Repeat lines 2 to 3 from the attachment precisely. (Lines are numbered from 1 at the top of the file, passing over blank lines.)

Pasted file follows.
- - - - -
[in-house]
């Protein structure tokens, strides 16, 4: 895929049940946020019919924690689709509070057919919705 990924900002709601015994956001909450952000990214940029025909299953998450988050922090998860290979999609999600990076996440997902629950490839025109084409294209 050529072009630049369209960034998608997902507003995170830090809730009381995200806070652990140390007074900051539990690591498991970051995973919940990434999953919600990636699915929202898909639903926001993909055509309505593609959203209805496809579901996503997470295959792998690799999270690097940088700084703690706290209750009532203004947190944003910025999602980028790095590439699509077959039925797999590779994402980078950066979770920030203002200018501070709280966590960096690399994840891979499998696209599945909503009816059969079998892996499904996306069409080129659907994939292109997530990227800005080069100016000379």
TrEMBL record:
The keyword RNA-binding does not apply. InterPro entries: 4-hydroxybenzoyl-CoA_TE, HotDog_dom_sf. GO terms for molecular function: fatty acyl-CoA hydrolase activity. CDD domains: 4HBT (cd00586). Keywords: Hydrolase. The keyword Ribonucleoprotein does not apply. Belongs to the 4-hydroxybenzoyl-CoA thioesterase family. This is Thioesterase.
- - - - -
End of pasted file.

């Protein structure tokens, strides 16, 4: 895929049940946020019919924690689709509070057919919705 990924900002709601015994956001909450952000990214940029025909299953998450988050922090998860290979999609999600990076996440997902629950490839025109084409294209 050529072009630049369209960034998608997902507003995170830090809730009381995200806070652990140390007074900051539990690591498991970051995973919940990434999953919600990636699915929202898909639903926001993909055509309505593609959203209805496809579901996503997470295959792998690799999270690097940088700084703690706290209750009532203004947190944003910025999602980028790095590439699509077959039925797999590779994402980078950066979770920030203002200018501070709280966590960096690399994840891979499998696209599945909503009816059969079998892996499904996306069409080129659907994939292109997530990227800005080069100016000379």
TrEMBL record: